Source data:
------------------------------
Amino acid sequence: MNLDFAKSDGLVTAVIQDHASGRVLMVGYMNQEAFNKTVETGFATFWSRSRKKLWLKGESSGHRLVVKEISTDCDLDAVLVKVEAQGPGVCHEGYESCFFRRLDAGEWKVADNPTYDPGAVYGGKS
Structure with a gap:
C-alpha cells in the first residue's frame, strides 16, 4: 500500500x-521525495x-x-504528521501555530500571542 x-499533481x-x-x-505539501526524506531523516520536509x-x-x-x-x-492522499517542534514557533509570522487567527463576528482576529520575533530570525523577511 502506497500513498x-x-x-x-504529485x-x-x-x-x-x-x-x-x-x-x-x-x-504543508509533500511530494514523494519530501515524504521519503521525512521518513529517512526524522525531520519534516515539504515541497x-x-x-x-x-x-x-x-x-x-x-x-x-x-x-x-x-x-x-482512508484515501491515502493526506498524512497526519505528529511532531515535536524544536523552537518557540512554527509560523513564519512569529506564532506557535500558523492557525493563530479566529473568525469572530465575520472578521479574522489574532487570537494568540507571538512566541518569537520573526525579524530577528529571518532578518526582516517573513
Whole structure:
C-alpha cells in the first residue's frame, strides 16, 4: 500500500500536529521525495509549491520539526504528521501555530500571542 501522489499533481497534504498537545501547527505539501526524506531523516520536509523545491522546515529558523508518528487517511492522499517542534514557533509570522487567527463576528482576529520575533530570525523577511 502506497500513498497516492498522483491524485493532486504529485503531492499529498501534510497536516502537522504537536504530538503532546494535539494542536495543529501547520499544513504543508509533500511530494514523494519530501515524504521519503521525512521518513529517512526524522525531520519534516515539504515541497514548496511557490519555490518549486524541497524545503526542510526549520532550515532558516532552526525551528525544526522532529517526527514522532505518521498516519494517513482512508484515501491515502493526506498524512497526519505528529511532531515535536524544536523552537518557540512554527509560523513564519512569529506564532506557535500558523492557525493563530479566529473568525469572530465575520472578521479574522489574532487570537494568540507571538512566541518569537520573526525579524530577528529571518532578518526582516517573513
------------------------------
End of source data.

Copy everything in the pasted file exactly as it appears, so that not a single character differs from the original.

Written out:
Amino acid sequence: MNLDFAKSDGLVTAVIQDHASGRVLMVGYMNQEAFNKTVETGFATFWSRSRKKLWLKGESSGHRLVVKEISTDCDLDAVLVKVEAQGPGVCHEGYESCFFRRLDAGEWKVADNPTYDPGAVYGGKS
Structure with a gap:
C-alpha cells in the first residue's frame, strides 16, 4: 500500500x-521525495x-x-504528521501555530500571542 x-499533481x-x-x-505539501526524506531523516520536509x-x-x-x-x-492522499517542534514557533509570522487567527463576528482576529520575533530570525523577511 502506497500513498x-x-x-x-504529485x-x-x-x-x-x-x-x-x-x-x-x-x-504543508509533500511530494514523494519530501515524504521519503521525512521518513529517512526524522525531520519534516515539504515541497x-x-x-x-x-x-x-x-x-x-x-x-x-x-x-x-x-x-x-482512508484515501491515502493526506498524512497526519505528529511532531515535536524544536523552537518557540512554527509560523513564519512569529506564532506557535500558523492557525493563530479566529473568525469572530465575520472578521479574522489574532487570537494568540507571538512566541518569537520573526525579524530577528529571518532578518526582516517573513
Whole structure:
C-alpha cells in the first residue's frame, strides 16, 4: 500500500500536529521525495509549491520539526504528521501555530500571542 501522489499533481497534504498537545501547527505539501526524506531523516520536509523545491522546515529558523508518528487517511492522499517542534514557533509570522487567527463576528482576529520575533530570525523577511 502506497500513498497516492498522483491524485493532486504529485503531492499529498501534510497536516502537522504537536504530538503532546494535539494542536495543529501547520499544513504543508509533500511530494514523494519530501515524504521519503521525512521518513529517512526524522525531520519534516515539504515541497514548496511557490519555490518549486524541497524545503526542510526549520532550515532558516532552526525551528525544526522532529517526527514522532505518521498516519494517513482512508484515501491515502493526506498524512497526519505528529511532531515535536524544536523552537518557540512554527509560523513564519512569529506564532506557535500558523492557525493563530479566529473568525469572530465575520472578521479574522489574532487570537494568540507571538512566541518569537520573526525579524530577528529571518532578518526582516517573513